In the network (A), haplotypes are represented by circles, sized proportional to the frequency with which those haplotypes were recovered and shaded to represent clades composed of equivalent mutational steps. Black dots represent unsampled haplotypes. Haplotypes shaded in pink were obtained from a disjunct population of G. f. fuscipes in Sudan. Haplotypes shaded in brown were obtained from a population of G. f. quanzensis from the Democratic Republic of the Congo. Pie charts on the map (B) indicate the frequency with which clades of related haplotypes (identified in A) occurred in each population. Background shading indicates the predicted range of G. f. fuscipes in the region and in Africa (inset; ). Triangles mark the location of the Rwenzori and Blue Mountains. The dotted rectangle indicates a zone of contact between northern and southern mitochondrial haplotypes.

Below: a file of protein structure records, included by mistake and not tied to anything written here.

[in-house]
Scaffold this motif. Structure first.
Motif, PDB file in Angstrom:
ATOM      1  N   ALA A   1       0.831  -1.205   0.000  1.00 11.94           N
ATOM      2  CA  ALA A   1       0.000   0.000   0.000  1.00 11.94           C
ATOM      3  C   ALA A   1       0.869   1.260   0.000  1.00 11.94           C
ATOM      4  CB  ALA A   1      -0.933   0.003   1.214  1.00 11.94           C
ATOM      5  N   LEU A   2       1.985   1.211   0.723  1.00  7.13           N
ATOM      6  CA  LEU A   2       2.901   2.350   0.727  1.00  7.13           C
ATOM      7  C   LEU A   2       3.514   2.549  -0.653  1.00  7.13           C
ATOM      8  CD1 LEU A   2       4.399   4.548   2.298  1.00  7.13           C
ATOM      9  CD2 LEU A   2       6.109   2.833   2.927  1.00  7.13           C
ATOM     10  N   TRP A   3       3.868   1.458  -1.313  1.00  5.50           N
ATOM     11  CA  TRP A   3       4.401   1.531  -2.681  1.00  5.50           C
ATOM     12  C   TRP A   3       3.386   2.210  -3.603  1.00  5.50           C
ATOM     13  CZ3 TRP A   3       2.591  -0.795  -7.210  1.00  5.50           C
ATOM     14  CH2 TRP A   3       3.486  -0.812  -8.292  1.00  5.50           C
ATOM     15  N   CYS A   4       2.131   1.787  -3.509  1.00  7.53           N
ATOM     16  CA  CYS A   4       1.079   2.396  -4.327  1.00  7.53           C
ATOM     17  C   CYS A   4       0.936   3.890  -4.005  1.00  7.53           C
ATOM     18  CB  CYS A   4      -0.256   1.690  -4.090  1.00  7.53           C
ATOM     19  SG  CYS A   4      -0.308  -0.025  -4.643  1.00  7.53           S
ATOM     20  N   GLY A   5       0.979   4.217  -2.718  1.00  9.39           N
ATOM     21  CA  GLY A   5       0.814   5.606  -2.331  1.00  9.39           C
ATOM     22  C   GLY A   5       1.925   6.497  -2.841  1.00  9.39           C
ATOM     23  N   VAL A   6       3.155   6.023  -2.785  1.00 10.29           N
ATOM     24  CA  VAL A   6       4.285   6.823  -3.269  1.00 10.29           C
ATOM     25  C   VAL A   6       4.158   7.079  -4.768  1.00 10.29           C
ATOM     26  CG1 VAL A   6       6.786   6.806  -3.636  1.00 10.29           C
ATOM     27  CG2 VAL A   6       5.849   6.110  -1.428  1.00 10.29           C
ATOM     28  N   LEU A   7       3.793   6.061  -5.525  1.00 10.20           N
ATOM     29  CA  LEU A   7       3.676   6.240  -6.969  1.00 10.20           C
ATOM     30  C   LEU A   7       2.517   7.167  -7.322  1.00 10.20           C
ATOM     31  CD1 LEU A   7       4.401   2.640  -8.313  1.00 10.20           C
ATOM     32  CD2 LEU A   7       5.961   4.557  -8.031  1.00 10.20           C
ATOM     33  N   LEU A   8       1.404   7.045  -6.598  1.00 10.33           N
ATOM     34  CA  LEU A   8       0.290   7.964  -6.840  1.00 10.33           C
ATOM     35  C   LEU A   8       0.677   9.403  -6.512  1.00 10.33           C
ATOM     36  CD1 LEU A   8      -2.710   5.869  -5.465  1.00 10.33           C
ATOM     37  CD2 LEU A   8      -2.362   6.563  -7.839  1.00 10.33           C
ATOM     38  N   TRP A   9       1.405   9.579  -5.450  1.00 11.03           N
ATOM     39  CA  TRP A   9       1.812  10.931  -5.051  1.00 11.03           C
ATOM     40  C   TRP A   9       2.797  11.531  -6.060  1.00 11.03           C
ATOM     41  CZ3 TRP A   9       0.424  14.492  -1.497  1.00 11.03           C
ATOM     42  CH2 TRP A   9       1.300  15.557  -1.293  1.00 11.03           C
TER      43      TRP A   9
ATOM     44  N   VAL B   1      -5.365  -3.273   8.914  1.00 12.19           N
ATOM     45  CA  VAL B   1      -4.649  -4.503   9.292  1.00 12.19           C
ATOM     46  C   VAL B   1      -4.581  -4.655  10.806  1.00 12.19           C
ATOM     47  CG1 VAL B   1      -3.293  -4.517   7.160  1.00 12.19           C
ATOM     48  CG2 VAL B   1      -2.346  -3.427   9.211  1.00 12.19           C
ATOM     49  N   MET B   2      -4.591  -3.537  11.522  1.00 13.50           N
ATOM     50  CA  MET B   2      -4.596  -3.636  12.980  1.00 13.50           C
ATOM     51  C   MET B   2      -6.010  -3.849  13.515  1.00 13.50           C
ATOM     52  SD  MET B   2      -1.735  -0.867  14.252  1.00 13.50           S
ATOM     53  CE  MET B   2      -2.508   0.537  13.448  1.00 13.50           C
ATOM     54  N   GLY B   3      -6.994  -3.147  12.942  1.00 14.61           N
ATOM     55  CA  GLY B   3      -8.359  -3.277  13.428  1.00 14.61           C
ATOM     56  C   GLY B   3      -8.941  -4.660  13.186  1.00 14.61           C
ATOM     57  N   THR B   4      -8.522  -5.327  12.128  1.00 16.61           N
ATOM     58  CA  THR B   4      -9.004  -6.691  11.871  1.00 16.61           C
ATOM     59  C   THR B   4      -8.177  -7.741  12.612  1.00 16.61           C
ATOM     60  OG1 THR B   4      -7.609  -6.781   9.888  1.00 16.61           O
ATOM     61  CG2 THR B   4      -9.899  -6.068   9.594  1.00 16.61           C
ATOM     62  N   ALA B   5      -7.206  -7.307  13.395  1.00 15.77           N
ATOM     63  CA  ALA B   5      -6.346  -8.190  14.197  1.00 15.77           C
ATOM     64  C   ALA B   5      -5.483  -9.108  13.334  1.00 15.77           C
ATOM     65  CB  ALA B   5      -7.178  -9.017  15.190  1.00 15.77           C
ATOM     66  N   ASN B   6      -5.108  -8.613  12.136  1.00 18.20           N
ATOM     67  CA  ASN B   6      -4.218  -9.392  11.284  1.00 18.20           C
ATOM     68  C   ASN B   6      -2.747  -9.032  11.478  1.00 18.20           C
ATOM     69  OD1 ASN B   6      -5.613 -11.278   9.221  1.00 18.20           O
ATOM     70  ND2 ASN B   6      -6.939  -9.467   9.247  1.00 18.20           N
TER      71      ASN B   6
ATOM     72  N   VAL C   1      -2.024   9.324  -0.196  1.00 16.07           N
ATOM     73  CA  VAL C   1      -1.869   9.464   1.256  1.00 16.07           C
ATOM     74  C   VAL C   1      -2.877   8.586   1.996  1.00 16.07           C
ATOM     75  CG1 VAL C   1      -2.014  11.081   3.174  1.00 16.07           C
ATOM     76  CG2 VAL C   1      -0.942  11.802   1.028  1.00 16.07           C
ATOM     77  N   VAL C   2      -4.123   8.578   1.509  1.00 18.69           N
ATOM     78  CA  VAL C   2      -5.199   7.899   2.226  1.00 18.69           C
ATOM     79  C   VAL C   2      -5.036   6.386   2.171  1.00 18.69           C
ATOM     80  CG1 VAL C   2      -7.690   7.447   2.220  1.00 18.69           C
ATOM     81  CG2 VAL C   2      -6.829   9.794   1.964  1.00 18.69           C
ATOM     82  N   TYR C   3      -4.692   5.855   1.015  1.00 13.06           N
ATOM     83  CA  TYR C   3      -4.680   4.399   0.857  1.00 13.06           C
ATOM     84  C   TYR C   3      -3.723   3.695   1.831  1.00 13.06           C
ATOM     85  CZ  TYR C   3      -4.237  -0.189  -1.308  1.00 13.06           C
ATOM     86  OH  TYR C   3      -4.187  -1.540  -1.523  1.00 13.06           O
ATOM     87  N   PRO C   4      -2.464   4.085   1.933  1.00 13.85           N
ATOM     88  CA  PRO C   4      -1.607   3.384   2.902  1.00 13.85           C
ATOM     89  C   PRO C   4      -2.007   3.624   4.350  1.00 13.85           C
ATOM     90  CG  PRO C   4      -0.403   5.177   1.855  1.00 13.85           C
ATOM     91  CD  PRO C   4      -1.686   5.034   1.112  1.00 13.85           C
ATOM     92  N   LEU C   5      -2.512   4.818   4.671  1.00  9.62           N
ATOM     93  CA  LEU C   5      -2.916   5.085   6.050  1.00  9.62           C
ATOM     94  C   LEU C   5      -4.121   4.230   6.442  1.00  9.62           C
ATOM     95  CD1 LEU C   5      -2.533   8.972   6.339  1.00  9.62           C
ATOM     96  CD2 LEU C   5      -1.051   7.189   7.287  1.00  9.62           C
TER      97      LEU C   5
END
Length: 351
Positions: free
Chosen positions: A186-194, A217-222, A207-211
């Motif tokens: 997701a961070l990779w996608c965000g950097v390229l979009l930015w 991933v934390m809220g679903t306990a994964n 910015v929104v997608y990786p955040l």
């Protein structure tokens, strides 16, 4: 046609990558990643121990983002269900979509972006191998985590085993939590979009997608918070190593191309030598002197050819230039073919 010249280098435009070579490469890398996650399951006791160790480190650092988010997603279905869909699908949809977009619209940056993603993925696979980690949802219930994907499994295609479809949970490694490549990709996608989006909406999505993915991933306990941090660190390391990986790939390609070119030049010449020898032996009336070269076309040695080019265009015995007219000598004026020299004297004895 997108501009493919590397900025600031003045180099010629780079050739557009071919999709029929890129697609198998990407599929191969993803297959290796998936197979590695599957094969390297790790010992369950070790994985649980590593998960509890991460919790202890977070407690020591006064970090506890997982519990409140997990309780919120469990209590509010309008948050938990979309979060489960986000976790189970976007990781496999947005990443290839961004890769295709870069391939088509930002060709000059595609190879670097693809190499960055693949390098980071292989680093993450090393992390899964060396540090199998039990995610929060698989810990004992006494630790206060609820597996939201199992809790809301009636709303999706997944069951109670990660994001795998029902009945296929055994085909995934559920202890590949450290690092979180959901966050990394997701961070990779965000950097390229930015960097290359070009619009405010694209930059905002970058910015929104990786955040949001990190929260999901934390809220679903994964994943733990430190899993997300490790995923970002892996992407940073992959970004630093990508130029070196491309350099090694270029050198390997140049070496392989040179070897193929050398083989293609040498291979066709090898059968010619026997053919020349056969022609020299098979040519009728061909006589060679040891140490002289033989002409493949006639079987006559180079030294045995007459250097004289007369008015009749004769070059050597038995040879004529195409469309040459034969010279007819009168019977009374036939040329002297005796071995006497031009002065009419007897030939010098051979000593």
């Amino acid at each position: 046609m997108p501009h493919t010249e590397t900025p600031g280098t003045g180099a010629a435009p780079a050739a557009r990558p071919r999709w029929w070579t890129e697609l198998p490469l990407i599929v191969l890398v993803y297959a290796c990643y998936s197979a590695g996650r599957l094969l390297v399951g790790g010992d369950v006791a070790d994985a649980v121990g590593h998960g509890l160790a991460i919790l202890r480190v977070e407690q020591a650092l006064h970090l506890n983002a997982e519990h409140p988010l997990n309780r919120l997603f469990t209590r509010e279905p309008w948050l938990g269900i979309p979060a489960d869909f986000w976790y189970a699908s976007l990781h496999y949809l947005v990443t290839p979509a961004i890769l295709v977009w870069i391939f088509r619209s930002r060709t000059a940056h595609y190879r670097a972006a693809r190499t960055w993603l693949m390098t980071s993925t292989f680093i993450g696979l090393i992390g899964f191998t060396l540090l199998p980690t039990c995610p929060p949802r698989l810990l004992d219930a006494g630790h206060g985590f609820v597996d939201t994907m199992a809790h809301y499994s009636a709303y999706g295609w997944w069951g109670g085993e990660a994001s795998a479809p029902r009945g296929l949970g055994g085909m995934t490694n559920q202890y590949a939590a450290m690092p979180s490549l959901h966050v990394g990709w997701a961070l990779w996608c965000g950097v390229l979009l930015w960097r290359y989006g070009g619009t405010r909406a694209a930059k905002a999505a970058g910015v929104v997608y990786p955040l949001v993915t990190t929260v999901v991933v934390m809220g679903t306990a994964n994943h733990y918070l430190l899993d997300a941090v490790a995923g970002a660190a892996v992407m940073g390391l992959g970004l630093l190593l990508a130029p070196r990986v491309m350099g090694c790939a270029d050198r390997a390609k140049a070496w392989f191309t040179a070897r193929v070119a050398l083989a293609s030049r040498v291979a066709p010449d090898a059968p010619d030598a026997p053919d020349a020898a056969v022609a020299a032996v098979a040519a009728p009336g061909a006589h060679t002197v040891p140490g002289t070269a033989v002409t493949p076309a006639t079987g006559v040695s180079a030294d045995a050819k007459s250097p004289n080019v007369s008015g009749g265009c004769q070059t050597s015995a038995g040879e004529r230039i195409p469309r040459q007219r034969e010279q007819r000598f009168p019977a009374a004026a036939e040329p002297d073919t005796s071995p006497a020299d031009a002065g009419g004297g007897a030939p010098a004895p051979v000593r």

Genetic work by Abila et al.  did not find any evidence to suggest that the distribution of trypanosome forms in Uganda is constrained by the distribution of tsetse genotypes. However, in support of proposed vector control activities, this research highlighted a major discontinuity in genotypes between tsetse in central/northern Uganda and those found in the Lake Victoria region to the south. Lake Kyoga, in central Uganda, was identified as the main factor behind this genetic structure, but limited sampling prevented these authors from identifying the actual zone of contact between northern and southern populations and from assessing the level of admixture between these populations in locations where they may coexist. Nuclear data confirmed the genetic discontinuity observed in mtDNA, but the use of only five microsatellite loci prevented finer-scale resolution of population structure.